Lentis/Obesity and Diets of Economic Classes in the United States
Obesity is defined as having a BMI (Body Mass Index) greater than 30 due to too much fat.  On average, an uninsured non-obese person spends $512 per year on medical costs, whereas as an uninsured obese person spends $3,271 per year. Nationally, the total medical spending on obesity equals to $190 billion per year. These costs have even surpassed the costs of smoking. (Smoking added 20% to average medical costs whereas obesity added 50%)
In this chapter, we will further explore the economic issues of obesity by examining the correlation between diets of individuals from various economic classes and obesity rates within those classes. Note that the term diet refers to its medical definition, which is any food that is ingested, and not the mainstream definition of diet, which is the limitation of food ingestion for losing weight. Also note that we have delineated the economic classes as lower, middle, and upper class, but have not specifically limited them based on annual income or other such variable.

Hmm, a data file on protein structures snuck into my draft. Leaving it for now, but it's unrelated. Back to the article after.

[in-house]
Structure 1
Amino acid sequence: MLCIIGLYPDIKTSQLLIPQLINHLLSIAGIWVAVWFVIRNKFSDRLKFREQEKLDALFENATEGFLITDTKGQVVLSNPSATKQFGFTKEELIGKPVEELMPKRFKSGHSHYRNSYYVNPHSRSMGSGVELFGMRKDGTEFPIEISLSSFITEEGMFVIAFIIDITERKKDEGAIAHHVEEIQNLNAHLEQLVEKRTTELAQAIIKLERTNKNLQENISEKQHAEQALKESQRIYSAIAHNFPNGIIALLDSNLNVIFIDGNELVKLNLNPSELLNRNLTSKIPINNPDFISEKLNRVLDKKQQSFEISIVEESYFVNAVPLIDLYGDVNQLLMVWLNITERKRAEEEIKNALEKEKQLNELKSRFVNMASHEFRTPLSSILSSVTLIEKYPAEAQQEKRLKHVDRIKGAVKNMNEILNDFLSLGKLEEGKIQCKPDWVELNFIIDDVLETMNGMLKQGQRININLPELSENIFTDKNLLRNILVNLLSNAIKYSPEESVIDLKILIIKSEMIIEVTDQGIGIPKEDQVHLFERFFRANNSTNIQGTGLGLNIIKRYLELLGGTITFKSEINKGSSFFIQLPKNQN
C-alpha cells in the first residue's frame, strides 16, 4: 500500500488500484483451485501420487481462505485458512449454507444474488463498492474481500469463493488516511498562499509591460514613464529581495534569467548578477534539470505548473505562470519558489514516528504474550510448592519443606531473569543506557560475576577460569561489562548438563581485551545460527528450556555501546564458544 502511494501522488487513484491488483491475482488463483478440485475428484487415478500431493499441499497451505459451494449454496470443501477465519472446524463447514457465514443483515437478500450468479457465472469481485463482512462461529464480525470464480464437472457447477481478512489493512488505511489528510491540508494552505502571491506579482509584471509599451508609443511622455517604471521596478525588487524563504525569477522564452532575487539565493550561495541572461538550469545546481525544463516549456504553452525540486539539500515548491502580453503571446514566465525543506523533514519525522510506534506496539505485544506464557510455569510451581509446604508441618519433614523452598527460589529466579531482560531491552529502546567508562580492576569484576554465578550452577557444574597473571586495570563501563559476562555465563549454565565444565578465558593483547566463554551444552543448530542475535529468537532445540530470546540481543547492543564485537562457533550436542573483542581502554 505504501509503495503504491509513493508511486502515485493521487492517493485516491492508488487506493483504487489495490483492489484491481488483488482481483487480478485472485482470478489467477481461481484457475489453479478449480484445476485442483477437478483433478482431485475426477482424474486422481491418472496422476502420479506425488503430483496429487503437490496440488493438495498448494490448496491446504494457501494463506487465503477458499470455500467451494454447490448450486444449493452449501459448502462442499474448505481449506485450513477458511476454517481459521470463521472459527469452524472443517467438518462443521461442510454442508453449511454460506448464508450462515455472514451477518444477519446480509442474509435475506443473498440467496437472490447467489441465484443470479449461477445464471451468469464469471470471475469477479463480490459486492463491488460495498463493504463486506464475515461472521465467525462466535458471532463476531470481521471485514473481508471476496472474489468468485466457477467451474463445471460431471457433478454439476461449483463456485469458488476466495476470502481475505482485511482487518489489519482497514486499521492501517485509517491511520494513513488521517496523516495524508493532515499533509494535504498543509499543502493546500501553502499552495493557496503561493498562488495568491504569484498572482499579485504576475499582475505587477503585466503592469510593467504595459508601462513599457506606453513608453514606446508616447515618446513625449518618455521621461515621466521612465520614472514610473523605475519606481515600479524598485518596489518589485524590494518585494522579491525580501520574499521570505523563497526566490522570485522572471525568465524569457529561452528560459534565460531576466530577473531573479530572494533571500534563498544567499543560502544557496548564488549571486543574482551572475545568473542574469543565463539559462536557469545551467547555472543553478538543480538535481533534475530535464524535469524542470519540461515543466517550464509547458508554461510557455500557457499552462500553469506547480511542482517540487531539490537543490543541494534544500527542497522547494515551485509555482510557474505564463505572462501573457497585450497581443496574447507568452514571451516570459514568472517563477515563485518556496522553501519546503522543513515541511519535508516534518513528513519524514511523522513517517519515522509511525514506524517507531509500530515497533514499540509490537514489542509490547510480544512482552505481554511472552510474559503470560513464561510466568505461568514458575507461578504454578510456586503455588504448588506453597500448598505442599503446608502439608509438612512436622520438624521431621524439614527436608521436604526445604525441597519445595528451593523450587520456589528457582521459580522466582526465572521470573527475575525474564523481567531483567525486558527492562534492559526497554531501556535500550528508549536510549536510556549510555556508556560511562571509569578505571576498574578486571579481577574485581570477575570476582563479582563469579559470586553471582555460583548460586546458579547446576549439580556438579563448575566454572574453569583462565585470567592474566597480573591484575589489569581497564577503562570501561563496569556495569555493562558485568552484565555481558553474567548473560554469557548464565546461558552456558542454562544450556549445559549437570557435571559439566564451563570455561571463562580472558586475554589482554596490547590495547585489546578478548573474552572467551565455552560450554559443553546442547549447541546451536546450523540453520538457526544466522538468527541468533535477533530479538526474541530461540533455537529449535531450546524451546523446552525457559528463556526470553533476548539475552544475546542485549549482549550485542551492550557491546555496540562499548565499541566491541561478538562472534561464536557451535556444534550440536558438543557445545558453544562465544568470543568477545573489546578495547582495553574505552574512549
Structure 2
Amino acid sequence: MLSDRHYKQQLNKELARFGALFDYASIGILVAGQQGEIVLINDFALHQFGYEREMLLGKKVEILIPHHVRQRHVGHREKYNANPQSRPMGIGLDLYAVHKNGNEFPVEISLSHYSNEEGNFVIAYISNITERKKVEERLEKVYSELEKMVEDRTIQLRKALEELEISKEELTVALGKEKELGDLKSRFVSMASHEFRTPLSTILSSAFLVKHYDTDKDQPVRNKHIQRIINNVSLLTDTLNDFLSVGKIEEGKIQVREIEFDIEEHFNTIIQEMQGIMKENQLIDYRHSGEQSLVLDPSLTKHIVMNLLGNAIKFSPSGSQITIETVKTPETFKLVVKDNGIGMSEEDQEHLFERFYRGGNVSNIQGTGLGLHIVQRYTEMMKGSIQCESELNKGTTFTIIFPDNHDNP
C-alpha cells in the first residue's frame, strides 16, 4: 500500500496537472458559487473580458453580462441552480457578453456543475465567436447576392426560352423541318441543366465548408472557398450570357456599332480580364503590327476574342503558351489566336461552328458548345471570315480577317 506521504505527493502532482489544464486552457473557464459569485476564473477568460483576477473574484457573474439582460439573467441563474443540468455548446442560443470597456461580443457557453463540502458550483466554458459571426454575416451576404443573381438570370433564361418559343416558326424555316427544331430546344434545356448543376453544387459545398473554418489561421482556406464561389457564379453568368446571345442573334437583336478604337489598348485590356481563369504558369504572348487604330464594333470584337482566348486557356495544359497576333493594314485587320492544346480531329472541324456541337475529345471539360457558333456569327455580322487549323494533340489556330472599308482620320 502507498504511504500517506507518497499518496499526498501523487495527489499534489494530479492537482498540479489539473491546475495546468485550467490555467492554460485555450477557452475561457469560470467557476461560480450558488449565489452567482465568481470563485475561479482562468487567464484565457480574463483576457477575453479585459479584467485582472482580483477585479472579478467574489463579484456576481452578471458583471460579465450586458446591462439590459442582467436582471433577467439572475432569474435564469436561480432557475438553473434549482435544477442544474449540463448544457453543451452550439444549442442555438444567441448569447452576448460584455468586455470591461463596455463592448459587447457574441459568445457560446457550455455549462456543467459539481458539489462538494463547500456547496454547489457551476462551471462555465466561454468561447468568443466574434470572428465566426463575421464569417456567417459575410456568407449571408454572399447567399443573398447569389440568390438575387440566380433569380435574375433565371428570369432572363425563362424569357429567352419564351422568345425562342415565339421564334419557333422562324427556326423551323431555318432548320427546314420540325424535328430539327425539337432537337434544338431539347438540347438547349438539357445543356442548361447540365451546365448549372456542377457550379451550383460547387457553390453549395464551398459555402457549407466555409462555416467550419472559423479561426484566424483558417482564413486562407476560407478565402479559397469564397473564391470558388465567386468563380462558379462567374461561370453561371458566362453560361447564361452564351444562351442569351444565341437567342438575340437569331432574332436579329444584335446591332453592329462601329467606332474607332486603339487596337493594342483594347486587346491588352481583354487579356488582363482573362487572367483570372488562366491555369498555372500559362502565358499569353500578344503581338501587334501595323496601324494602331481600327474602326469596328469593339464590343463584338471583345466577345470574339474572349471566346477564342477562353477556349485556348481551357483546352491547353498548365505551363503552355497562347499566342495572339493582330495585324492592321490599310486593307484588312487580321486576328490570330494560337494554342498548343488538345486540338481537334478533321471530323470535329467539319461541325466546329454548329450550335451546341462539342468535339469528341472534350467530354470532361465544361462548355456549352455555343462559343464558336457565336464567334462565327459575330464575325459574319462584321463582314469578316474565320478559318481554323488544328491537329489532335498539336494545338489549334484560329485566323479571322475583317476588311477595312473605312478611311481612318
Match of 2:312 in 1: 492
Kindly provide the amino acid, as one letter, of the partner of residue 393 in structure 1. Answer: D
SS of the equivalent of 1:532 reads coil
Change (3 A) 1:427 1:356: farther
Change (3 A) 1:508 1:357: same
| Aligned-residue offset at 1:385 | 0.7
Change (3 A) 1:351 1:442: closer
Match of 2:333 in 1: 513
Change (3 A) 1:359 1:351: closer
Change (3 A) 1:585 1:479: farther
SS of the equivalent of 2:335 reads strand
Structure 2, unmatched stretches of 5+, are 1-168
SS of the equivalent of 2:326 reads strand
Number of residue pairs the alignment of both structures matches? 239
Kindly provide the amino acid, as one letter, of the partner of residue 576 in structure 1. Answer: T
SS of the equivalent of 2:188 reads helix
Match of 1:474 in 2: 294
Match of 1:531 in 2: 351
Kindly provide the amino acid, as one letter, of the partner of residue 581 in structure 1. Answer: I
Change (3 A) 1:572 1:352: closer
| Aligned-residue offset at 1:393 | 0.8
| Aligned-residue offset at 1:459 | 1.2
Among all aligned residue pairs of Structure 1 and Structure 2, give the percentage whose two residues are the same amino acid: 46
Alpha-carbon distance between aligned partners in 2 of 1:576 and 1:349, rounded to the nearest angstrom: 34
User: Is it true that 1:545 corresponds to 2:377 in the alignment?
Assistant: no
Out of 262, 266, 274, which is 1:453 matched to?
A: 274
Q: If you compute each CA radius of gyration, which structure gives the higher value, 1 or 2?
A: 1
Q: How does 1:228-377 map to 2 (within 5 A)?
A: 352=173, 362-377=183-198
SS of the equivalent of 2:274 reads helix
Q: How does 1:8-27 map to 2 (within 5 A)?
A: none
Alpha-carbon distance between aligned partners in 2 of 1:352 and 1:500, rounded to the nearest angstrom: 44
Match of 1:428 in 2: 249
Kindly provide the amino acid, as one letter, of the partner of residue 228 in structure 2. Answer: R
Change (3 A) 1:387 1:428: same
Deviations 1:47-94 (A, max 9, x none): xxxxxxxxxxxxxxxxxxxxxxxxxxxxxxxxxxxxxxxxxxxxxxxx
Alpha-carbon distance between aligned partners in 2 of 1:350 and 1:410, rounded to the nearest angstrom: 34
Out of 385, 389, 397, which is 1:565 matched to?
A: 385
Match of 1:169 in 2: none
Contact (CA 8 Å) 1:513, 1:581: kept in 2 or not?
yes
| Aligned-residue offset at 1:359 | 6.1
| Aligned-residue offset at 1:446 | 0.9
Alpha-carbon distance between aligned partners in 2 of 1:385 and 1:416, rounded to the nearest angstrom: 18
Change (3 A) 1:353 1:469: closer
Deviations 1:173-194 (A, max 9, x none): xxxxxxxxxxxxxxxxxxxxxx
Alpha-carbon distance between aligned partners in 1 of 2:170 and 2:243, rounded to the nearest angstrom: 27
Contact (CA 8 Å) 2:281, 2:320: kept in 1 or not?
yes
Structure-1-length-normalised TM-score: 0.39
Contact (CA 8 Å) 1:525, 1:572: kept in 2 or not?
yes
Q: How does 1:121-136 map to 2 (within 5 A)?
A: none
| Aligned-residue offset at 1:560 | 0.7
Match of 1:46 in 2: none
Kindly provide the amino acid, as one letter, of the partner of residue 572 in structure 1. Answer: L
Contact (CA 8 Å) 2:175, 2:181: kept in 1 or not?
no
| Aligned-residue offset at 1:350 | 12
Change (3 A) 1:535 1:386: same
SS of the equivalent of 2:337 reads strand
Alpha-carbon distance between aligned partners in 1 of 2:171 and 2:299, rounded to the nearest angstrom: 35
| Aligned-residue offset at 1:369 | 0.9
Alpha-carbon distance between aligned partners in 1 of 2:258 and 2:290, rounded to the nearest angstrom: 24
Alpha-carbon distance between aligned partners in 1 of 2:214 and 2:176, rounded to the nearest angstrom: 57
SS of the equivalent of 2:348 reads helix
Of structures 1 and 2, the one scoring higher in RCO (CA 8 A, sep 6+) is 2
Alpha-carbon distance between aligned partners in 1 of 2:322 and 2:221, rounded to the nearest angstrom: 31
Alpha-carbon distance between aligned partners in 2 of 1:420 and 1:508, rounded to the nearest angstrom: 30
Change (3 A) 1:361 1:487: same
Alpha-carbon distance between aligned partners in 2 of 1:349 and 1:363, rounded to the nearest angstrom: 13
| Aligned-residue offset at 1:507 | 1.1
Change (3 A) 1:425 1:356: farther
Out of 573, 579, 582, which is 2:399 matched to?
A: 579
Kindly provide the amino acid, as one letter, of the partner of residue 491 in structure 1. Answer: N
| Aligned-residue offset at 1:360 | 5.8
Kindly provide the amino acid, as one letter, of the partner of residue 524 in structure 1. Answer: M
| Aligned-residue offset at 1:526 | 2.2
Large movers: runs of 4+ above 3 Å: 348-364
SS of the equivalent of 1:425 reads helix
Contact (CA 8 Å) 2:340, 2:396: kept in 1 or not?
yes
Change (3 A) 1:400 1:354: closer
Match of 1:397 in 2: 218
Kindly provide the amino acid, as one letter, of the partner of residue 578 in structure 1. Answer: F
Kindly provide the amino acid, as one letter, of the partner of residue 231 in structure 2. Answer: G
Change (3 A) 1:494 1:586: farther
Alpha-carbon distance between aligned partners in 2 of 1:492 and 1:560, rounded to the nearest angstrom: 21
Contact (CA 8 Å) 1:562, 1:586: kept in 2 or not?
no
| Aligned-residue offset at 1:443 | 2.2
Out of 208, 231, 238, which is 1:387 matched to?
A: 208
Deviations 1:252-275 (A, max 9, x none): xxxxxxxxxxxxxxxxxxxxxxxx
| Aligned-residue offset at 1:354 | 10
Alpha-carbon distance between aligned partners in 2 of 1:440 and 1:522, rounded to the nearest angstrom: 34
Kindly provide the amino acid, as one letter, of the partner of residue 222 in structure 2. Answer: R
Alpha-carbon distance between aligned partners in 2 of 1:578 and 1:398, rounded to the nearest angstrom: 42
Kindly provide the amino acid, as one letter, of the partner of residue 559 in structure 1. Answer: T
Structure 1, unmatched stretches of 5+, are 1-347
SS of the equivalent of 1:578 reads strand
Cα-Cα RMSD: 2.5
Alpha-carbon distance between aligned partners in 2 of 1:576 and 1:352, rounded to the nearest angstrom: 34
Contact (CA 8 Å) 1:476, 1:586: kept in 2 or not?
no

Average Food Expenses
Each month the USDA (United States Department of Agriculture) puts out four food budgets: Thrifty, Low-Cost, Moderate-Cost, and Liberal Food Plans. Each plan or budget corresponds to different income levels; however, USDA does not specify the income brackets matching the plans. USDA does subjectively categorize the budgets by income while stating that the Thrifty Food Plan is used to determine food stamp allotments, the Low-Cost Food Plan is used by Bankruptcy Courts to determine food expenses allotments of bankrupt people, and the Liberal Food Plan is used by the Department of Defense to determine the Basic Allowance for Sustenance for service members.
A USDA study in 2000 reported that low-income groups tend to have lower quality diets , while a more recent study stated that there are no significant differences in diet quality between various income groups .
Obesity in the Economic Strata
It is generally thought that obesity and poverty have a positive correlation in America as Maheshwari’s research proved, but more recent studies point to an opposite trend. A recent study reported at the American Heart Association’s 45th Annual Conference showed that the richest Americans (those with an annual income of $60,000 or more) have the highest obesity growth rate from all the economic classes. Obesity is still most common in poor households, but the gap is decreasing.